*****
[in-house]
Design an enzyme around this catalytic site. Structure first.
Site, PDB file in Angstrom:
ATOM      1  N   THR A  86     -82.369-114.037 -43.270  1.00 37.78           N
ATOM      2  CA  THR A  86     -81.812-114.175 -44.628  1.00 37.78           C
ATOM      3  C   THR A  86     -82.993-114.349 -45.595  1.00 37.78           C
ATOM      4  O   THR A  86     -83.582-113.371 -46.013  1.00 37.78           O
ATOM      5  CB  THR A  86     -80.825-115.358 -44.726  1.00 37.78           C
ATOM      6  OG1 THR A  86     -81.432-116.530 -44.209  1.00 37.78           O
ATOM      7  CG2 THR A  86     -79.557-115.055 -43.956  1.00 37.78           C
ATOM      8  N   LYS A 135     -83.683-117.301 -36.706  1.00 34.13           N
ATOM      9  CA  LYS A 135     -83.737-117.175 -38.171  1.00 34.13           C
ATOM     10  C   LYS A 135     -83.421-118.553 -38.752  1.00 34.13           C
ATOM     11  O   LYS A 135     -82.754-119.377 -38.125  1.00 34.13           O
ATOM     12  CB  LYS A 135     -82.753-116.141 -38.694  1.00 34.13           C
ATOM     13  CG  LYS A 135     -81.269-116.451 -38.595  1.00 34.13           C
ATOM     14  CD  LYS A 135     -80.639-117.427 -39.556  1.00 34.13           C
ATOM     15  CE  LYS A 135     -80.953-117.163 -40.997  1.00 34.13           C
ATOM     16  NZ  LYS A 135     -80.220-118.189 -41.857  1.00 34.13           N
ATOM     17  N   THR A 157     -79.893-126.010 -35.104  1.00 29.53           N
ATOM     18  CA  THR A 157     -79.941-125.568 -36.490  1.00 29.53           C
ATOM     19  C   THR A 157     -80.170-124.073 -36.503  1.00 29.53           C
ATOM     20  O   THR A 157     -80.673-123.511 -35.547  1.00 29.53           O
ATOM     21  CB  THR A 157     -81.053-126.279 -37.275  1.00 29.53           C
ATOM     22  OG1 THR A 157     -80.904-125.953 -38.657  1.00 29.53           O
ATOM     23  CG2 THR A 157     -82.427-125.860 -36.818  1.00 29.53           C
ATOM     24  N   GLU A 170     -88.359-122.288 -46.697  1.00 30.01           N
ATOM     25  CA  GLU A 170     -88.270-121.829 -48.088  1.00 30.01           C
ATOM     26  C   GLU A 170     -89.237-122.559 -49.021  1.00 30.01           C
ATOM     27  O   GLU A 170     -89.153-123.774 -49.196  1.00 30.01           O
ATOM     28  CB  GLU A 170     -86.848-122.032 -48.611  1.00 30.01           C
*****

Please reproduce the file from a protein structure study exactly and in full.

[in-house]
Design an enzyme around this catalytic site. Structure first.
Site, PDB file in Angstrom:
ATOM      1  N   THR A  86     -82.369-114.037 -43.270  1.00 37.78           N
ATOM      2  CA  THR A  86     -81.812-114.175 -44.628  1.00 37.78           C
ATOM      3  C   THR A  86     -82.993-114.349 -45.595  1.00 37.78           C
ATOM      4  O   THR A  86     -83.582-113.371 -46.013  1.00 37.78           O
ATOM      5  CB  THR A  86     -80.825-115.358 -44.726  1.00 37.78           C
ATOM      6  OG1 THR A  86     -81.432-116.530 -44.209  1.00 37.78           O
ATOM      7  CG2 THR A  86     -79.557-115.055 -43.956  1.00 37.78           C
ATOM      8  N   LYS A 135     -83.683-117.301 -36.706  1.00 34.13           N
ATOM      9  CA  LYS A 135     -83.737-117.175 -38.171  1.00 34.13           C
ATOM     10  C   LYS A 135     -83.421-118.553 -38.752  1.00 34.13           C
ATOM     11  O   LYS A 135     -82.754-119.377 -38.125  1.00 34.13           O
ATOM     12  CB  LYS A 135     -82.753-116.141 -38.694  1.00 34.13           C
ATOM     13  CG  LYS A 135     -81.269-116.451 -38.595  1.00 34.13           C
ATOM     14  CD  LYS A 135     -80.639-117.427 -39.556  1.00 34.13           C
ATOM     15  CE  LYS A 135     -80.953-117.163 -40.997  1.00 34.13           C
ATOM     16  NZ  LYS A 135     -80.220-118.189 -41.857  1.00 34.13           N
ATOM     17  N   THR A 157     -79.893-126.010 -35.104  1.00 29.53           N
ATOM     18  CA  THR A 157     -79.941-125.568 -36.490  1.00 29.53           C
ATOM     19  C   THR A 157     -80.170-124.073 -36.503  1.00 29.53           C
ATOM     20  O   THR A 157     -80.673-123.511 -35.547  1.00 29.53           O
ATOM     21  CB  THR A 157     -81.053-126.279 -37.275  1.00 29.53           C
ATOM     22  OG1 THR A 157     -80.904-125.953 -38.657  1.00 29.53           O
ATOM     23  CG2 THR A 157     -82.427-125.860 -36.818  1.00 29.53           C
ATOM     24  N   GLU A 170     -88.359-122.288 -46.697  1.00 30.01           N
ATOM     25  CA  GLU A 170     -88.270-121.829 -48.088  1.00 30.01           C
ATOM     26  C   GLU A 170     -89.237-122.559 -49.021  1.00 30.01           C
ATOM     27  O   GLU A 170     -89.153-123.774 -49.196  1.00 30.01           O
ATOM     28  CB  GLU A 170     -86.848-122.032 -48.611  1.00 30.01           C